November 6th we pulled up anchor at 4:15 am determined that we would make Cabo San Lucas during daylight the next day. We picked our way through a bay full of boats, darn those who don’t have their anchor lights on. It was a beautiful day but no wind. Richard caught a yellowfin tuna early in the morning so fresh tuna sashimi for lunch 🙂 Mid afternoon we all had a bit of a scare as a boat in the fleet came over with a Mayday that one of their crew was having a seizure. There were two doctors, a nurse, and EMT among the fleet so a doctor was able to help the captain. I must say the captain of that boat handled himself very calmly in a very scary situation. It really brings home how isolated you are on the ocean and is the number one reason many cruisers do the Baja Ha Ha. When you are sailing 700+ miles along a desolate shoreline, it is nice having 135 other boats with you. I’m happy to say that the crew member got to a doctor when they docked in Cabo and was reported to be doing fine.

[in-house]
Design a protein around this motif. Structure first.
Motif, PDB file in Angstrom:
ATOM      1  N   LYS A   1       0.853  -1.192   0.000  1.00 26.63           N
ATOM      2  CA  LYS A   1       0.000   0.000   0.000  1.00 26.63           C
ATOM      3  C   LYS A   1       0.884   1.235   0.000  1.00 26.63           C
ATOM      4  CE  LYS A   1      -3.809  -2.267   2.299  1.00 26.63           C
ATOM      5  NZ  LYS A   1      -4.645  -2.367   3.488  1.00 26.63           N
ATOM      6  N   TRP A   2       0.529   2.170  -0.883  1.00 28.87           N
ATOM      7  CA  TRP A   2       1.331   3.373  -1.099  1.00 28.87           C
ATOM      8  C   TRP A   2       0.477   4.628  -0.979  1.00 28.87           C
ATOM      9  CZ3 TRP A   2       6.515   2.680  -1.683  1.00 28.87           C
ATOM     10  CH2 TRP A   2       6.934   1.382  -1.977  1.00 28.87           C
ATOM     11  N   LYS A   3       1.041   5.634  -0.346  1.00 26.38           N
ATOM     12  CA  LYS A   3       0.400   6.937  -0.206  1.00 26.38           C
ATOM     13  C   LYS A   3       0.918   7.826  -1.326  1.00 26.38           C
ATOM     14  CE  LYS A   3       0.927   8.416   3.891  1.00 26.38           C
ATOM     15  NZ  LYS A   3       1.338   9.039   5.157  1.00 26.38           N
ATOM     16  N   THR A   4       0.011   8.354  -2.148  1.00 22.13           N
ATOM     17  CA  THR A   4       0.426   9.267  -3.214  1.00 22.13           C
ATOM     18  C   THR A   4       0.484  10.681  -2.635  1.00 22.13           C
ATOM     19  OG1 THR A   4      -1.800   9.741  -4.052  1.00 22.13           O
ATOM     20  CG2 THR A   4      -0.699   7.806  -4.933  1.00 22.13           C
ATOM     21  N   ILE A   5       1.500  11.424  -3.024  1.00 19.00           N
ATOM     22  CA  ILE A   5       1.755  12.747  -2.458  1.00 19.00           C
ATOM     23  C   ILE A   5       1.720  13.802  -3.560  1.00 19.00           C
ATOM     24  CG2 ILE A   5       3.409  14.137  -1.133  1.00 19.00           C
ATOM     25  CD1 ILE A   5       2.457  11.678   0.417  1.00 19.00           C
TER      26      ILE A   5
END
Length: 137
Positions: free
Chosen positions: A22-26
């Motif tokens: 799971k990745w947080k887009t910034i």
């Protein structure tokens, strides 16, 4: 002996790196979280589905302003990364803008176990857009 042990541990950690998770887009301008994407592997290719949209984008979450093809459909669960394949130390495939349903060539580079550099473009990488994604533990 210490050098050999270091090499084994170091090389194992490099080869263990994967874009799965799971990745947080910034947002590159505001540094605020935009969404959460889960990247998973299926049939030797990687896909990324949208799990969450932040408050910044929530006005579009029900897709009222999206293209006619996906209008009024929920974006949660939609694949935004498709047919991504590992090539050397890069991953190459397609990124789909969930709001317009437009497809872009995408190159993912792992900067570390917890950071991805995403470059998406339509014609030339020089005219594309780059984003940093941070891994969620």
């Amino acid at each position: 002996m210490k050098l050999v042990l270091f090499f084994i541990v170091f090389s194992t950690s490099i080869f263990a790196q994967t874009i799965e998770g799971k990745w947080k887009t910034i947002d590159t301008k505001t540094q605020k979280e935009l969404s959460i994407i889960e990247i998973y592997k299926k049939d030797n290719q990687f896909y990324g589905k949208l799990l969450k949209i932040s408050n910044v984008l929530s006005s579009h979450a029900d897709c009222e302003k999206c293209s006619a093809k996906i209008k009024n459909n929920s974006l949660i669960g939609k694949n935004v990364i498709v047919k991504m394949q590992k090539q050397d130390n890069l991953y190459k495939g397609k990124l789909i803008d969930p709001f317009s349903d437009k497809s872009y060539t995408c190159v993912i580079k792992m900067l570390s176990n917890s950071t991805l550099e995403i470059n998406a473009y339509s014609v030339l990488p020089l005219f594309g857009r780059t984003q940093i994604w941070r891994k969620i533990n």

After a brilliant sunset and the rise of a full moon, we crossed the Tropic of Cancer at the stroke of midnight on November 7th. We were now officially in the tropics. But with our weather getting warmer each day, we didn’t need no stinking chart to tell us that. I was no longer wearing a sweatshirt during my night watches! I came on watch at 4:00 am that morning excited to see Cabo San Lucas and watch the sunrise. Adding to the excitement was a cruise ship passing less than 1 nm off our starboard side. A bit close but I got a good view of how large it is. Anchor down at 8:45 am during daylight. After nearly 11 days we arrived. Let the celebration begin!

Richard's catch.  A yellowfin tuna.  Sashimi for lunch!

Richard’s catch. A yellowfin tuna. Sashimi for lunch!

You know you reached Cabo when you see the arches

You know you reached Cabo when you see the arches

Celebrating our arrival in Cabo San Lucas

Celebrating our arrival in Cabo San Lucas